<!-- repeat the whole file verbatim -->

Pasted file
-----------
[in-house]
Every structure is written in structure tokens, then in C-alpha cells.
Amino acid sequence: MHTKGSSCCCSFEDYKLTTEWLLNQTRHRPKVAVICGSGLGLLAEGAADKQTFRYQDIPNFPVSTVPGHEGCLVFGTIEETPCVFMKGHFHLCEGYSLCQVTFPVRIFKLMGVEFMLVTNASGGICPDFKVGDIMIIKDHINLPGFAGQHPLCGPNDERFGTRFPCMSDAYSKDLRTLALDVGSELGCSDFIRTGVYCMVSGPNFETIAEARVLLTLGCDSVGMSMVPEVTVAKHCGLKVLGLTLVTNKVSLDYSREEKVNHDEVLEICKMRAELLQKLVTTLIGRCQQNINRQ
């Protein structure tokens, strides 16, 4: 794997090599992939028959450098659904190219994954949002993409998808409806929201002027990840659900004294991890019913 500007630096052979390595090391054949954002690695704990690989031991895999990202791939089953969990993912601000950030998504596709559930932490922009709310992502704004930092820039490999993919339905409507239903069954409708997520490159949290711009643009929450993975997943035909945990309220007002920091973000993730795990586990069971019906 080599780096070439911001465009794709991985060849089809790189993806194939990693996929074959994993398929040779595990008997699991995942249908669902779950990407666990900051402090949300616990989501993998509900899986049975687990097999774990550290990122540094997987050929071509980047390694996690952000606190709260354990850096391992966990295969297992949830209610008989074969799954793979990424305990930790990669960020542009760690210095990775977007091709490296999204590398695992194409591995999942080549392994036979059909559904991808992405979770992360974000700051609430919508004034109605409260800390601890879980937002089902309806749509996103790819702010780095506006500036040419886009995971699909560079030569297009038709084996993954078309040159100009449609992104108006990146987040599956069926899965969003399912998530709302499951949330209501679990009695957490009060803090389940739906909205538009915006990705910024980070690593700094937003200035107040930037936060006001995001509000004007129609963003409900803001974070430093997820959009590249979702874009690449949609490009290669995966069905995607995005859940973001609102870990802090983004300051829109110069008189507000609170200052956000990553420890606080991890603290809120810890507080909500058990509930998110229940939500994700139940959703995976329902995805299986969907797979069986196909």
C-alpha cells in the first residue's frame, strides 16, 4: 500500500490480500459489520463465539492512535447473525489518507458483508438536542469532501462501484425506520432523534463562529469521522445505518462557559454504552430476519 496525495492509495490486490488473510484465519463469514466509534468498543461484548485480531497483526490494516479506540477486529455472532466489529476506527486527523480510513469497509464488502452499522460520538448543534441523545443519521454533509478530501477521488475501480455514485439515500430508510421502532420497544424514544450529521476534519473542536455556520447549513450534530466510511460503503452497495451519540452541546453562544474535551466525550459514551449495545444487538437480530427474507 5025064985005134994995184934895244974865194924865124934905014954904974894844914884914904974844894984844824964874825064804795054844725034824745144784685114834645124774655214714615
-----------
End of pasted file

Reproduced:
[in-house]
Every structure is written in structure tokens, then in C-alpha cells.
Amino acid sequence: MHTKGSSCCCSFEDYKLTTEWLLNQTRHRPKVAVICGSGLGLLAEGAADKQTFRYQDIPNFPVSTVPGHEGCLVFGTIEETPCVFMKGHFHLCEGYSLCQVTFPVRIFKLMGVEFMLVTNASGGICPDFKVGDIMIIKDHINLPGFAGQHPLCGPNDERFGTRFPCMSDAYSKDLRTLALDVGSELGCSDFIRTGVYCMVSGPNFETIAEARVLLTLGCDSVGMSMVPEVTVAKHCGLKVLGLTLVTNKVSLDYSREEKVNHDEVLEICKMRAELLQKLVTTLIGRCQQNINRQ
């Protein structure tokens, strides 16, 4: 794997090599992939028959450098659904190219994954949002993409998808409806929201002027990840659900004294991890019913 500007630096052979390595090391054949954002690695704990690989031991895999990202791939089953969990993912601000950030998504596709559930932490922009709310992502704004930092820039490999993919339905409507239903069954409708997520490159949290711009643009929450993975997943035909945990309220007002920091973000993730795990586990069971019906 080599780096070439911001465009794709991985060849089809790189993806194939990693996929074959994993398929040779595990008997699991995942249908669902779950990407666990900051402090949300616990989501993998509900899986049975687990097999774990550290990122540094997987050929071509980047390694996690952000606190709260354990850096391992966990295969297992949830209610008989074969799954793979990424305990930790990669960020542009760690210095990775977007091709490296999204590398695992194409591995999942080549392994036979059909559904991808992405979770992360974000700051609430919508004034109605409260800390601890879980937002089902309806749509996103790819702010780095506006500036040419886009995971699909560079030569297009038709084996993954078309040159100009449609992104108006990146987040599956069926899965969003399912998530709302499951949330209501679990009695957490009060803090389940739906909205538009915006990705910024980070690593700094937003200035107040930037936060006001995001509000004007129609963003409900803001974070430093997820959009590249979702874009690449949609490009290669995966069905995607995005859940973001609102870990802090983004300051829109110069008189507000609170200052956000990553420890606080991890603290809120810890507080909500058990509930998110229940939500994700139940959703995976329902995805299986969907797979069986196909």
C-alpha cells in the first residue's frame, strides 16, 4: 500500500490480500459489520463465539492512535447473525489518507458483508438536542469532501462501484425506520432523534463562529469521522445505518462557559454504552430476519 496525495492509495490486490488473510484465519463469514466509534468498543461484548485480531497483526490494516479506540477486529455472532466489529476506527486527523480510513469497509464488502452499522460520538448543534441523545443519521454533509478530501477521488475501480455514485439515500430508510421502532420497544424514544450529521476534519473542536455556520447549513450534530466510511460503503452497495451519540452541546453562544474535551466525550459514551449495545444487538437480530427474507 5025064985005134994995184934895244974865194924865124934905014954904974894844914884914904974844894984844824964874825064804795054844725034824745144784685114834645124774655214714615